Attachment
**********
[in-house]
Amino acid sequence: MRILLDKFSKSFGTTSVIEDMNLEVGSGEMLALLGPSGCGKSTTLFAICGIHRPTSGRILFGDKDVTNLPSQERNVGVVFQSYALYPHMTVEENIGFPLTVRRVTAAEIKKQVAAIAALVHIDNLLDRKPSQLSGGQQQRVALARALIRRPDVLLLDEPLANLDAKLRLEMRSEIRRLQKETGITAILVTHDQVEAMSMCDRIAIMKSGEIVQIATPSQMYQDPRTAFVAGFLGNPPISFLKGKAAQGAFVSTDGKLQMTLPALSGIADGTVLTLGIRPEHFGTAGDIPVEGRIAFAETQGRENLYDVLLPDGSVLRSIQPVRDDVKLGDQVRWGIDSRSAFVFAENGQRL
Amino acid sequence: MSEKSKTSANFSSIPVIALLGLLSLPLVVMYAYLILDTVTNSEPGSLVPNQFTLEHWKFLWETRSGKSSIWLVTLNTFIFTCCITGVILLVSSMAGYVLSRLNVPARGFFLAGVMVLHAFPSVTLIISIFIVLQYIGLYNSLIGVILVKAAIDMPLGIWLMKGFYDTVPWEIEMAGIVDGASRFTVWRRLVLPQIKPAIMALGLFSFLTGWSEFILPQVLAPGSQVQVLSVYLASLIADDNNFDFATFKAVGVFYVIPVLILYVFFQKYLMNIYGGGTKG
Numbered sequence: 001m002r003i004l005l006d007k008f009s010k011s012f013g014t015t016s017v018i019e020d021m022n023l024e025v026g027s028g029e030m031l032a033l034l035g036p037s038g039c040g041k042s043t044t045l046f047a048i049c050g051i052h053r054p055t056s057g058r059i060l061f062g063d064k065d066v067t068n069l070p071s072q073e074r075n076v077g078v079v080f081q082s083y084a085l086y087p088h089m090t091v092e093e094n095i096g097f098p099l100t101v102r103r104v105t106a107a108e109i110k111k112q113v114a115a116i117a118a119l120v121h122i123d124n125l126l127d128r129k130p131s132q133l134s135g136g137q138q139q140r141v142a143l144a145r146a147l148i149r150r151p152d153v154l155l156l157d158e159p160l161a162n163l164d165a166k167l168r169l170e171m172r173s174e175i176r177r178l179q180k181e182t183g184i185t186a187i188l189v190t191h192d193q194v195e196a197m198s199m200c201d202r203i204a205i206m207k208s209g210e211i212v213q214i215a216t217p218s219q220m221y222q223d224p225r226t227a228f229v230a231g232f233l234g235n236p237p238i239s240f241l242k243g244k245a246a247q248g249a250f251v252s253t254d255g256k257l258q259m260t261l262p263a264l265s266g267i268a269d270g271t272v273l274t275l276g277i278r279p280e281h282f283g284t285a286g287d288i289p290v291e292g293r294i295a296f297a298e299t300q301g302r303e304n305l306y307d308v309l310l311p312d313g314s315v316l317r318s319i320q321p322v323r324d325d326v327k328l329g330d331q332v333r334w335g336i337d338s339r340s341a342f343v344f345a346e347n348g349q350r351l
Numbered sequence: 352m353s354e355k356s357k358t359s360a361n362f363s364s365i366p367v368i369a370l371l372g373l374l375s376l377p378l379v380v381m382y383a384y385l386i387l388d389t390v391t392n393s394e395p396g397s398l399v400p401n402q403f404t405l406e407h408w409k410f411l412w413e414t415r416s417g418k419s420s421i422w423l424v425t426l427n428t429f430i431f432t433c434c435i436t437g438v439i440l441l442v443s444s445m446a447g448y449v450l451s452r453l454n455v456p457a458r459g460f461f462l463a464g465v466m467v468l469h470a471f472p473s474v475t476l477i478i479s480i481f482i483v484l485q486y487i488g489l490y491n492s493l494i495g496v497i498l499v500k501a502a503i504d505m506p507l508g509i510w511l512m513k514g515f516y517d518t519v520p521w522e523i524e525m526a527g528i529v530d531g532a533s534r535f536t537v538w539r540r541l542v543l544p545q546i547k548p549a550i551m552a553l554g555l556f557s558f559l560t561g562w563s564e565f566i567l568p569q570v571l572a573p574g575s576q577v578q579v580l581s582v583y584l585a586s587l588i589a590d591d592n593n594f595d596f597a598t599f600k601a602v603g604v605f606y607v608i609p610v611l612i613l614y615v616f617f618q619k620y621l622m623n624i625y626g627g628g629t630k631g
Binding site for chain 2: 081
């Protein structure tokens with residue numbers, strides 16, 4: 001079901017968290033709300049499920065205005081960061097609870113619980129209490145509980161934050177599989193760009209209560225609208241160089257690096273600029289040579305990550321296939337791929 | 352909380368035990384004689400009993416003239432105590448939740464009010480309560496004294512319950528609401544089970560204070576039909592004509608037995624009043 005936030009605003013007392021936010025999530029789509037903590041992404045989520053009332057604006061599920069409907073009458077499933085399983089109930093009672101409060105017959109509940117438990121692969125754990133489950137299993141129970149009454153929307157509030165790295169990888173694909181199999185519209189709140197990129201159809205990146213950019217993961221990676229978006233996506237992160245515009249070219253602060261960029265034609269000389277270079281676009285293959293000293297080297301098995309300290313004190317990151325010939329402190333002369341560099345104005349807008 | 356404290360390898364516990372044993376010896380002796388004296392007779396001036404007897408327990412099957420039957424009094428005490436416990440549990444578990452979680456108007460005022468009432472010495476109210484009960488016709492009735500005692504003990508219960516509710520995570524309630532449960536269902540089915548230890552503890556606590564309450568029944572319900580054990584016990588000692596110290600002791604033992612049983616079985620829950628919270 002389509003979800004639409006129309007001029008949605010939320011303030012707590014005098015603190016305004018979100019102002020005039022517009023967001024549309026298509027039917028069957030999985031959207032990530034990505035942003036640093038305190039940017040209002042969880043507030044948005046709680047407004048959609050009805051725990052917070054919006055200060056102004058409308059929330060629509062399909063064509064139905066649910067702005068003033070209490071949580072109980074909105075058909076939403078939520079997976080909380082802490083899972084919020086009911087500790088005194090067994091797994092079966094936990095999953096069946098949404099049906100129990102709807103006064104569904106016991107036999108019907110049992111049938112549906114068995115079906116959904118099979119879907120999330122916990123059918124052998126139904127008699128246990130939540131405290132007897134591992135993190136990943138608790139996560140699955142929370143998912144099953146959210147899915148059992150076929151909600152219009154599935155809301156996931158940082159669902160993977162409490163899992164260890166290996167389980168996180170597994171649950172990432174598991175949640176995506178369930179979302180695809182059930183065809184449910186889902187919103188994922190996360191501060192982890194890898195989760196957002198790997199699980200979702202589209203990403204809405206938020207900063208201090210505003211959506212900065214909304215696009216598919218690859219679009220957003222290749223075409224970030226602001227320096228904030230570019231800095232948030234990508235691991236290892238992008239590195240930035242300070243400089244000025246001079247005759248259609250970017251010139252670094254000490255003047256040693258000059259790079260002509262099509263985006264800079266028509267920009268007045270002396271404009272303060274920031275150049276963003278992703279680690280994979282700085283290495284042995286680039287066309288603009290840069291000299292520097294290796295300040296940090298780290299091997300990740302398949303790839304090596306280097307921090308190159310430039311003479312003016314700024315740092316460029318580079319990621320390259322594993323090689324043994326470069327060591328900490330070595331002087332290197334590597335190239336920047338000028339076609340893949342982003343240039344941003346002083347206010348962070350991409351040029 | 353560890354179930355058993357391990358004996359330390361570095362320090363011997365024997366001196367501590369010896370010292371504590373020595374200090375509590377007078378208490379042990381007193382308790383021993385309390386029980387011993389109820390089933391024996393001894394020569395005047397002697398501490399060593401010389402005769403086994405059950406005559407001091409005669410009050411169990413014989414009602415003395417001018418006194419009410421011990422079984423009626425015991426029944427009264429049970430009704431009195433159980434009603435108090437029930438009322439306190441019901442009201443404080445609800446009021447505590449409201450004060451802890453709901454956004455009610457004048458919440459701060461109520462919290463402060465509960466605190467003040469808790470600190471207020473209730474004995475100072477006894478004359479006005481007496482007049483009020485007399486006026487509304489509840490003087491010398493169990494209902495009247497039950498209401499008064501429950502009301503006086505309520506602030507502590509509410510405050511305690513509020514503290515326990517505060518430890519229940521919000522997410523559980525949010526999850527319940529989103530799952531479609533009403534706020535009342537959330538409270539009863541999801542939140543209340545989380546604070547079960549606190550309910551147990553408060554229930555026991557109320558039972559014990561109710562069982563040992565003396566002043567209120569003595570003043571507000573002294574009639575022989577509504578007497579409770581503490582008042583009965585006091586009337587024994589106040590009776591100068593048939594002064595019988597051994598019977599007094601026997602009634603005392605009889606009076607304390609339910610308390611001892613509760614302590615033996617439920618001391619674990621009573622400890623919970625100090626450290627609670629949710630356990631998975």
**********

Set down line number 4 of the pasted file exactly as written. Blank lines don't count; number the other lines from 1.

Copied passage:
Numbered sequence: 001m002r003i004l005l006d007k008f009s010k011s012f013g014t015t016s017v018i019e020d021m022n023l024e025v026g027s028g029e030m031l032a033l034l035g036p037s038g039c040g041k042s043t044t045l046f047a048i049c050g051i052h053r054p055t056s057g058r059i060l061f062g063d064k065d066v067t068n069l070p071s072q073e074r075n076v077g078v079v080f081q082s083y084a085l086y087p088h089m090t091v092e093e094n095i096g097f098p099l100t101v102r103r104v105t106a107a108e109i110k111k112q113v114a115a116i117a118a119l120v121h122i123d124n125l126l127d128r129k130p131s132q133l134s135g136g137q138q139q140r141v142a143l144a145r146a147l148i149r150r151p152d153v154l155l156l157d158e159p160l161a162n163l164d165a166k167l168r169l170e171m172r173s174e175i176r177r178l179q180k181e182t183g184i185t186a187i188l189v190t191h192d193q194v195e196a197m198s199m200c201d202r203i204a205i206m207k208s209g210e211i212v213q214i215a216t217p218s219q220m221y222q223d224p225r226t227a228f229v230a231g232f233l234g235n236p237p238i239s240f241l242k243g244k245a246a247q248g249a250f251v252s253t254d255g256k257l258q259m260t261l262p263a264l265s266g267i268a269d270g271t272v273l274t275l276g277i278r279p280e281h282f283g284t285a286g287d288i289p290v291e292g293r294i295a296f297a298e299t300q301g302r303e304n305l306y307d308v309l310l311p312d313g314s315v316l317r318s319i320q321p322v323r324d325d326v327k328l329g330d331q332v333r334w335g336i337d338s339r340s341a342f343v344f345a346e347n348g349q350r351l